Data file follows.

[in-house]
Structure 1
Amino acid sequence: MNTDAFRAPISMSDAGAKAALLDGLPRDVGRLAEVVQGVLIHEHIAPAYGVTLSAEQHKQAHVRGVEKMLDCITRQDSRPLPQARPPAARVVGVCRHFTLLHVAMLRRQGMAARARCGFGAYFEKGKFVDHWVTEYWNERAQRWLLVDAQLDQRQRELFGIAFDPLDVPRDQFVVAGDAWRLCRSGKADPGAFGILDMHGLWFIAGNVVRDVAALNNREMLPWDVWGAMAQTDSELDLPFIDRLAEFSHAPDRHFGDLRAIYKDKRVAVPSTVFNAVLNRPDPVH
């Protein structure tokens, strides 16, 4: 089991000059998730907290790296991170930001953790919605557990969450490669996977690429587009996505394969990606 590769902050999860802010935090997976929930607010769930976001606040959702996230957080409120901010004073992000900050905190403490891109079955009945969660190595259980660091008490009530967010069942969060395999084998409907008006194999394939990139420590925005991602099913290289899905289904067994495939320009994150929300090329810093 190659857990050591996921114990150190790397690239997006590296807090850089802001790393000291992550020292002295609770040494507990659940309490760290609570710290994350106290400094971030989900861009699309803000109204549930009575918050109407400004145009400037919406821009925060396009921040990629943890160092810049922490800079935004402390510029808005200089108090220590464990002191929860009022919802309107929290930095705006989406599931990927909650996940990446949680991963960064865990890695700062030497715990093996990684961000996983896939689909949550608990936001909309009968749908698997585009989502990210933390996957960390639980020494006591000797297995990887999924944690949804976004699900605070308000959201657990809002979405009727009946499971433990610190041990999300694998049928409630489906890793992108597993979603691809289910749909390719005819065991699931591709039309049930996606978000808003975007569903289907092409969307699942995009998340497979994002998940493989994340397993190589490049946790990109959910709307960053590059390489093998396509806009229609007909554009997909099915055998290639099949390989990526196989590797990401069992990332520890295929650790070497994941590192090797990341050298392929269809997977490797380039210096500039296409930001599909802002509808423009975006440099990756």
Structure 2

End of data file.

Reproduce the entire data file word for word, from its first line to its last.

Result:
[in-house]
Structure 1
Amino acid sequence: MNTDAFRAPISMSDAGAKAALLDGLPRDVGRLAEVVQGVLIHEHIAPAYGVTLSAEQHKQAHVRGVEKMLDCITRQDSRPLPQARPPAARVVGVCRHFTLLHVAMLRRQGMAARARCGFGAYFEKGKFVDHWVTEYWNERAQRWLLVDAQLDQRQRELFGIAFDPLDVPRDQFVVAGDAWRLCRSGKADPGAFGILDMHGLWFIAGNVVRDVAALNNREMLPWDVWGAMAQTDSELDLPFIDRLAEFSHAPDRHFGDLRAIYKDKRVAVPSTVFNAVLNRPDPVH
């Protein structure tokens, strides 16, 4: 089991000059998730907290790296991170930001953790919605557990969450490669996977690429587009996505394969990606 590769902050999860802010935090997976929930607010769930976001606040959702996230957080409120901010004073992000900050905190403490891109079955009945969660190595259980660091008490009530967010069942969060395999084998409907008006194999394939990139420590925005991602099913290289899905289904067994495939320009994150929300090329810093 190659857990050591996921114990150190790397690239997006590296807090850089802001790393000291992550020292002295609770040494507990659940309490760290609570710290994350106290400094971030989900861009699309803000109204549930009575918050109407400004145009400037919406821009925060396009921040990629943890160092810049922490800079935004402390510029808005200089108090220590464990002191929860009022919802309107929290930095705006989406599931990927909650996940990446949680991963960064865990890695700062030497715990093996990684961000996983896939689909949550608990936001909309009968749908698997585009989502990210933390996957960390639980020494006591000797297995990887999924944690949804976004699900605070308000959201657990809002979405009727009946499971433990610190041990999300694998049928409630489906890793992108597993979603691809289910749909390719005819065991699931591709039309049930996606978000808003975007569903289907092409969307699942995009998340497979994002998940493989994340397993190589490049946790990109959910709307960053590059390489093998396509806009229609007909554009997909099915055998290639099949390989990526196989590797990401069992990332520890295929650790070497994941590192090797990341050298392929269809997977490797380039210096500039296409930001599909802002509808423009975006440099990756």
Structure 2